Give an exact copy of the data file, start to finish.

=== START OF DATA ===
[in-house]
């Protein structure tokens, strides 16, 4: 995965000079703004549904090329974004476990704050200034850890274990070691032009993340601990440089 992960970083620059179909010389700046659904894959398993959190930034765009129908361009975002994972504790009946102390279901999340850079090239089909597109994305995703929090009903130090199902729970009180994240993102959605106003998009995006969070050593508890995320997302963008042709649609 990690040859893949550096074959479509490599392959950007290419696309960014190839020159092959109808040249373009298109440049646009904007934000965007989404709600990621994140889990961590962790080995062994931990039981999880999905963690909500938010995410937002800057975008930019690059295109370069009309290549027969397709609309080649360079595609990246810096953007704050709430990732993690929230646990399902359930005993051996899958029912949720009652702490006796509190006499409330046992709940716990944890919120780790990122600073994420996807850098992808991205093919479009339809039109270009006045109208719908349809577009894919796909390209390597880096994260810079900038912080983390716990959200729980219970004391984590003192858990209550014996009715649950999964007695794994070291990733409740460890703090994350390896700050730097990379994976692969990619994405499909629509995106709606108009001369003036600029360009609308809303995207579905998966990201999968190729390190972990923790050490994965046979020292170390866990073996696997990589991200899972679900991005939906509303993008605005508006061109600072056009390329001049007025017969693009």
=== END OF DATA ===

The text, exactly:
[in-house]
């Protein structure tokens, strides 16, 4: 995965000079703004549904090329974004476990704050200034850890274990070691032009993340601990440089 992960970083620059179909010389700046659904894959398993959190930034765009129908361009975002994972504790009946102390279901999340850079090239089909597109994305995703929090009903130090199902729970009180994240993102959605106003998009995006969070050593508890995320997302963008042709649609 990690040859893949550096074959479509490599392959950007290419696309960014190839020159092959109808040249373009298109440049646009904007934000965007989404709600990621994140889990961590962790080995062994931990039981999880999905963690909500938010995410937002800057975008930019690059295109370069009309290549027969397709609309080649360079595609990246810096953007704050709430990732993690929230646990399902359930005993051996899958029912949720009652702490006796509190006499409330046992709940716990944890919120780790990122600073994420996807850098992808991205093919479009339809039109270009006045109208719908349809577009894919796909390209390597880096994260810079900038912080983390716990959200729980219970004391984590003192858990209550014996009715649950999964007695794994070291990733409740460890703090994350390896700050730097990379994976692969990619994405499909629509995106709606108009001369003036600029360009609308809303995207579905998966990201999968190729390190972990923790050490994965046979020292170390866990073996696997990589991200899972679900991005939906509303993008605005508006061109600072056009390329001049007025017969693009």